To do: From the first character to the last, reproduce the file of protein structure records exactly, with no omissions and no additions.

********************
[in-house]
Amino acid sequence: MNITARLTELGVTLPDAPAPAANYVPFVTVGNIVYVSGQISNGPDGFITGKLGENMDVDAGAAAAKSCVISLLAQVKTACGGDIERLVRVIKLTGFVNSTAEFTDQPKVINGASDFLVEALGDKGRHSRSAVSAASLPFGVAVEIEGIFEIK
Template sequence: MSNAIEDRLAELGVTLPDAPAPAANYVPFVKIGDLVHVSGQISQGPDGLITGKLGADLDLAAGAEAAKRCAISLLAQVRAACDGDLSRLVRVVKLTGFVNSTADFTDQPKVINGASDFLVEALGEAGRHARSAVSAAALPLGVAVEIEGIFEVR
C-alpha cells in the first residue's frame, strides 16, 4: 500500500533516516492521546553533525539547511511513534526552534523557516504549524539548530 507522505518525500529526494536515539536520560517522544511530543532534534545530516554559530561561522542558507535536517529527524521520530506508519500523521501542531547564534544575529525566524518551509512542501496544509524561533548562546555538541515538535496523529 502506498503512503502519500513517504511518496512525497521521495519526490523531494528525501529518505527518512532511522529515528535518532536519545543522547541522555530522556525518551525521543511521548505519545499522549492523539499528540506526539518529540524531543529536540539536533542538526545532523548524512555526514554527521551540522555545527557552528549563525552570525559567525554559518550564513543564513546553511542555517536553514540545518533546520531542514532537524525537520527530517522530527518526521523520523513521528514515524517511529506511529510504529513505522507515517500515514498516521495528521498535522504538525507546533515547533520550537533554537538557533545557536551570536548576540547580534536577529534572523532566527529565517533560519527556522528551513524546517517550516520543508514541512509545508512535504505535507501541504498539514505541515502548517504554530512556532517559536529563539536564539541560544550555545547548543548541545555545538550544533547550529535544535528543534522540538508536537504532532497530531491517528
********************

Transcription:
[in-house]
Amino acid sequence: MNITARLTELGVTLPDAPAPAANYVPFVTVGNIVYVSGQISNGPDGFITGKLGENMDVDAGAAAAKSCVISLLAQVKTACGGDIERLVRVIKLTGFVNSTAEFTDQPKVINGASDFLVEALGDKGRHSRSAVSAASLPFGVAVEIEGIFEIK
Template sequence: MSNAIEDRLAELGVTLPDAPAPAANYVPFVKIGDLVHVSGQISQGPDGLITGKLGADLDLAAGAEAAKRCAISLLAQVRAACDGDLSRLVRVVKLTGFVNSTADFTDQPKVINGASDFLVEALGEAGRHARSAVSAAALPLGVAVEIEGIFEVR
C-alpha cells in the first residue's frame, strides 16, 4: 500500500533516516492521546553533525539547511511513534526552534523557516504549524539548530 507522505518525500529526494536515539536520560517522544511530543532534534545530516554559530561561522542558507535536517529527524521520530506508519500523521501542531547564534544575529525566524518551509512542501496544509524561533548562546555538541515538535496523529 502506498503512503502519500513517504511518496512525497521521495519526490523531494528525501529518505527518512532511522529515528535518532536519545543522547541522555530522556525518551525521543511521548505519545499522549492523539499528540506526539518529540524531543529536540539536533542538526545532523548524512555526514554527521551540522555545527557552528549563525552570525559567525554559518550564513543564513546553511542555517536553514540545518533546520531542514532537524525537520527530517522530527518526521523520523513521528514515524517511529506511529510504529513505522507515517500515514498516521495528521498535522504538525507546533515547533520550537533554537538557533545557536551570536548576540547580534536577529534572523532566527529565517533560519527556522528551513524546517517550516520543508514541512509545508512535504505535507501541504498539514505541515502548517504554530512556532517559536529563539536564539541560544550555545547548543548541545555545538550544533547550529535544535528543534522540538508536537504532532497530531491517528